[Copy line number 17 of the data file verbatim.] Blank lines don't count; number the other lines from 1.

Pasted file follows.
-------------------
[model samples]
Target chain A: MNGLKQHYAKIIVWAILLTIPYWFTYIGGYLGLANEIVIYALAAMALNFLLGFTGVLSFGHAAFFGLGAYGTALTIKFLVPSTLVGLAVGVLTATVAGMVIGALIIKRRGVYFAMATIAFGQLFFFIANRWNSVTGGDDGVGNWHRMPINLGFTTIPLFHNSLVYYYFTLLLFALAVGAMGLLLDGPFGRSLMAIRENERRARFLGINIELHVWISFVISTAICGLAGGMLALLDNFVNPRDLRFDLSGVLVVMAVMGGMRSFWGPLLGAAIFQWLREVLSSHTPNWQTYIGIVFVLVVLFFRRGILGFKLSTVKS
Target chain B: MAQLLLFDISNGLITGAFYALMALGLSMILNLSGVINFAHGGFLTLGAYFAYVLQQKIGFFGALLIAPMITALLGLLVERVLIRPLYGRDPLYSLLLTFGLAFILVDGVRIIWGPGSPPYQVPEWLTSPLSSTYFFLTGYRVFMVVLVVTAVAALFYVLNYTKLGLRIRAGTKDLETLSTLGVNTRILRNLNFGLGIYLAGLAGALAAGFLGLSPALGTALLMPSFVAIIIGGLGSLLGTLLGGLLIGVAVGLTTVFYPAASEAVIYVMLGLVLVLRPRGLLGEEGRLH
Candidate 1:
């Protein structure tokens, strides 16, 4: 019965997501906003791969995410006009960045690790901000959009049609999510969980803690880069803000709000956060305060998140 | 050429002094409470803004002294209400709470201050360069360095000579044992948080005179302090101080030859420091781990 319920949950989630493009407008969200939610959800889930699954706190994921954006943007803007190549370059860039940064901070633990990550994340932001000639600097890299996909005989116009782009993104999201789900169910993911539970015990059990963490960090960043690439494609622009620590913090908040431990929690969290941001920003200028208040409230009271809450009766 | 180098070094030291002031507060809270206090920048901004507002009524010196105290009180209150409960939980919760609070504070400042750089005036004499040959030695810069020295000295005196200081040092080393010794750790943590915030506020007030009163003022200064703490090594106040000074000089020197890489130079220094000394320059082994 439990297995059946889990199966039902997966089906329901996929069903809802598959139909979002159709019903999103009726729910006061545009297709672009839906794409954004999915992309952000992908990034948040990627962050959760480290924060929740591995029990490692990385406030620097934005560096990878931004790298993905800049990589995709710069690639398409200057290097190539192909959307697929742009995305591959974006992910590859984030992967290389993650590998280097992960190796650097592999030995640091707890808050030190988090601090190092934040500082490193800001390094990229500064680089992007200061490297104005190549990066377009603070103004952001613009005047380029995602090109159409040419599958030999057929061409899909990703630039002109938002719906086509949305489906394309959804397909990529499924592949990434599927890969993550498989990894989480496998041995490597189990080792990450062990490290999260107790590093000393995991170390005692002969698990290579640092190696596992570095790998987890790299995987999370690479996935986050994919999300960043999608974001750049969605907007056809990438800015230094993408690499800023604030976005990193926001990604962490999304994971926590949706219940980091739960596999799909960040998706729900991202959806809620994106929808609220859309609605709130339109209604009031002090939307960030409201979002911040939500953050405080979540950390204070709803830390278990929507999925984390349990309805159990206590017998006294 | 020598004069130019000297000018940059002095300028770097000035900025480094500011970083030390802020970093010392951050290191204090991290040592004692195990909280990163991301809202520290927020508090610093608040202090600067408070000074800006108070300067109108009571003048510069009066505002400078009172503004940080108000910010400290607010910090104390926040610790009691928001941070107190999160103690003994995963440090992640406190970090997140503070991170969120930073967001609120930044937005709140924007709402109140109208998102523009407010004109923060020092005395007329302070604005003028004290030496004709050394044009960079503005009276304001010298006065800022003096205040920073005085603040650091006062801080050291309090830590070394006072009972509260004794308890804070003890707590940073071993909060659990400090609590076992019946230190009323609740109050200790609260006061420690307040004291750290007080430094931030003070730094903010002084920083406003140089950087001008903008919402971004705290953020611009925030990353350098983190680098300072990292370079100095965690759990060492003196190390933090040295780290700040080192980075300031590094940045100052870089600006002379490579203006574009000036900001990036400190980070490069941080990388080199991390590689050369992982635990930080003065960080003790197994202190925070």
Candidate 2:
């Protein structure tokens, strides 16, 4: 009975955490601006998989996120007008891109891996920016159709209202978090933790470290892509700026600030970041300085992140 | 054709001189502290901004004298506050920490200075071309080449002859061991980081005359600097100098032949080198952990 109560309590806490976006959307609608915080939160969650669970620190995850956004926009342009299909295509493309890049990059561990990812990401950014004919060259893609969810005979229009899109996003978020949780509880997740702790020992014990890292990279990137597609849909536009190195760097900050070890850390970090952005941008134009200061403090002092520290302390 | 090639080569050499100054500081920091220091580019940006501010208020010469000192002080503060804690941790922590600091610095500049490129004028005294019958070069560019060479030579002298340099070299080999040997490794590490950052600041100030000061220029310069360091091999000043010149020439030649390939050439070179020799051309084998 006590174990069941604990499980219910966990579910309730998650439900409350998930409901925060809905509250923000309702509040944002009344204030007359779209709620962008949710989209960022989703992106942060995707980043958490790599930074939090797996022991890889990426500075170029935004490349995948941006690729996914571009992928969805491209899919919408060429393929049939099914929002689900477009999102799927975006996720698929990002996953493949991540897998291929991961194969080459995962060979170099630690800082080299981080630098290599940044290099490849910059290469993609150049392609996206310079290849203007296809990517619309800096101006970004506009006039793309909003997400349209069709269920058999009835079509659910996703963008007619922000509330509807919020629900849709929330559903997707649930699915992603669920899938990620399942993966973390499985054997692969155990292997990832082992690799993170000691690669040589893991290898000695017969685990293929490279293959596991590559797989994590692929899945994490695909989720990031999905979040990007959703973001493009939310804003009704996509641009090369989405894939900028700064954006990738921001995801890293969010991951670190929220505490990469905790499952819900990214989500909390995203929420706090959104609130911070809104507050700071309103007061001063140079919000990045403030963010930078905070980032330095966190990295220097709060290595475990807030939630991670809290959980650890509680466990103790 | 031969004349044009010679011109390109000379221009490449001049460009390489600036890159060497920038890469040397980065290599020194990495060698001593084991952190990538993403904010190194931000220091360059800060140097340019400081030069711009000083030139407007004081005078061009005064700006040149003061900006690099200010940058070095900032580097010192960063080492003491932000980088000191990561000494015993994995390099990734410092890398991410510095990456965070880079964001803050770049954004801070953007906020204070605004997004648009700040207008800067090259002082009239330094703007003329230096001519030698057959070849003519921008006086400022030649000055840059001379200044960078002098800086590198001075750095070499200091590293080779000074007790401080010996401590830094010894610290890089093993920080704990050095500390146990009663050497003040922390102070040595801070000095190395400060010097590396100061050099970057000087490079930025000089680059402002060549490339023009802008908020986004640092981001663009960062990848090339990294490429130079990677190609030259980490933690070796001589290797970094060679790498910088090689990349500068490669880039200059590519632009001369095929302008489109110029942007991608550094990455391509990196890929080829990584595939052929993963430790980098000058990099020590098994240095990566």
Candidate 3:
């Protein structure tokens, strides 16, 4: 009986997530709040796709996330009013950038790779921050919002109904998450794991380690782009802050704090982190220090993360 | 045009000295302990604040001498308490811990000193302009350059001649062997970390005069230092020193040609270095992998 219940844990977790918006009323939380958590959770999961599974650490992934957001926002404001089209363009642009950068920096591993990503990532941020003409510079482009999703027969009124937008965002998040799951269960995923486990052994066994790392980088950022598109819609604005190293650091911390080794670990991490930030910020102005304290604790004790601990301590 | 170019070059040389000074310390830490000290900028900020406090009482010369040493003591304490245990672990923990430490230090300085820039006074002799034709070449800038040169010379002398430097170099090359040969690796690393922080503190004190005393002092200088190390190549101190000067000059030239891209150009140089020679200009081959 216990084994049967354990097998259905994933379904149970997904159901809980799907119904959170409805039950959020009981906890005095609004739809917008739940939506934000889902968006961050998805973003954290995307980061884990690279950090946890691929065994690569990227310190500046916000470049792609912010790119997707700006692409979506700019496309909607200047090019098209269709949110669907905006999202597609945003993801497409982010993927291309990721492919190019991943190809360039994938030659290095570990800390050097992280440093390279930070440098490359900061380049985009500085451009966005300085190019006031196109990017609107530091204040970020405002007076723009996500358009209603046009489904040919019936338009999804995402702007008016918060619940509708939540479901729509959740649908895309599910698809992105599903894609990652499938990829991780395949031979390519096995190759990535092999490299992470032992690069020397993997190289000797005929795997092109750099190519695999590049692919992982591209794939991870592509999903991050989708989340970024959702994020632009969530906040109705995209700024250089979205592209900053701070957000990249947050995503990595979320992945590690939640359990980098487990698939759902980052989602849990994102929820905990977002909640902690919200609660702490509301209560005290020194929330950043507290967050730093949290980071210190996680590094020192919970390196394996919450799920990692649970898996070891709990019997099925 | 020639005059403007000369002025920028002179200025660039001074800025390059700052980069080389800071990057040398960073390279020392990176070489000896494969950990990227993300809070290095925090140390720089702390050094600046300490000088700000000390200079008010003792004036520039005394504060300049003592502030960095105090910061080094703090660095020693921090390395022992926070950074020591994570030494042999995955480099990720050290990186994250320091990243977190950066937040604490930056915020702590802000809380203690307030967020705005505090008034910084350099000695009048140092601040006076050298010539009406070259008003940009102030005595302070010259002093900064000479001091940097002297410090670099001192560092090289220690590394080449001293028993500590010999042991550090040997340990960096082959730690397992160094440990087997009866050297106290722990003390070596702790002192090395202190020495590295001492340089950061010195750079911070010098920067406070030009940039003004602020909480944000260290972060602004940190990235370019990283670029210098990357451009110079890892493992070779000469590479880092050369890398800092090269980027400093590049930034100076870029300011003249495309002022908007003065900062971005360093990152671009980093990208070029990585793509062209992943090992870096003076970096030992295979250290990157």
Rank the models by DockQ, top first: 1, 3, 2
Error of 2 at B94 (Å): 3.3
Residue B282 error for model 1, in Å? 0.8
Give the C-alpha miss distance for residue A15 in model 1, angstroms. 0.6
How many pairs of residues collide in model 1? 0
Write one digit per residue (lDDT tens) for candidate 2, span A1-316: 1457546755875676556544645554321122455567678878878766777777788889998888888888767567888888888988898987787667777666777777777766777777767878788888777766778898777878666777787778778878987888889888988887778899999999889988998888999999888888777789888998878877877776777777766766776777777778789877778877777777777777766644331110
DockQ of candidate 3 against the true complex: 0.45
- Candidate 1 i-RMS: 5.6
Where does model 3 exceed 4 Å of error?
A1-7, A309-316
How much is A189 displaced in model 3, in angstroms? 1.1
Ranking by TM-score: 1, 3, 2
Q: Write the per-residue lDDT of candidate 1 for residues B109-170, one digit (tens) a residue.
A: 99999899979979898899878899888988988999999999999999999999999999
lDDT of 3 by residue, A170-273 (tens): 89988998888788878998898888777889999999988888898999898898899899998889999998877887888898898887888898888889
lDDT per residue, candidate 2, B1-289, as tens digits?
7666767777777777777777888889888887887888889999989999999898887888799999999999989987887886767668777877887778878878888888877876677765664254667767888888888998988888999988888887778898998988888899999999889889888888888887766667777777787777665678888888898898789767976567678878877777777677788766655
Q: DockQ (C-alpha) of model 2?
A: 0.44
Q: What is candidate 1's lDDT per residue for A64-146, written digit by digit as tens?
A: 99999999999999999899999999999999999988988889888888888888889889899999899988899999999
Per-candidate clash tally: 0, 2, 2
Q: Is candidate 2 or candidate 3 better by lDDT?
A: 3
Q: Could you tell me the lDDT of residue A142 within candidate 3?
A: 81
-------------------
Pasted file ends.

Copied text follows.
- Candidate 1 i-RMS: 5.6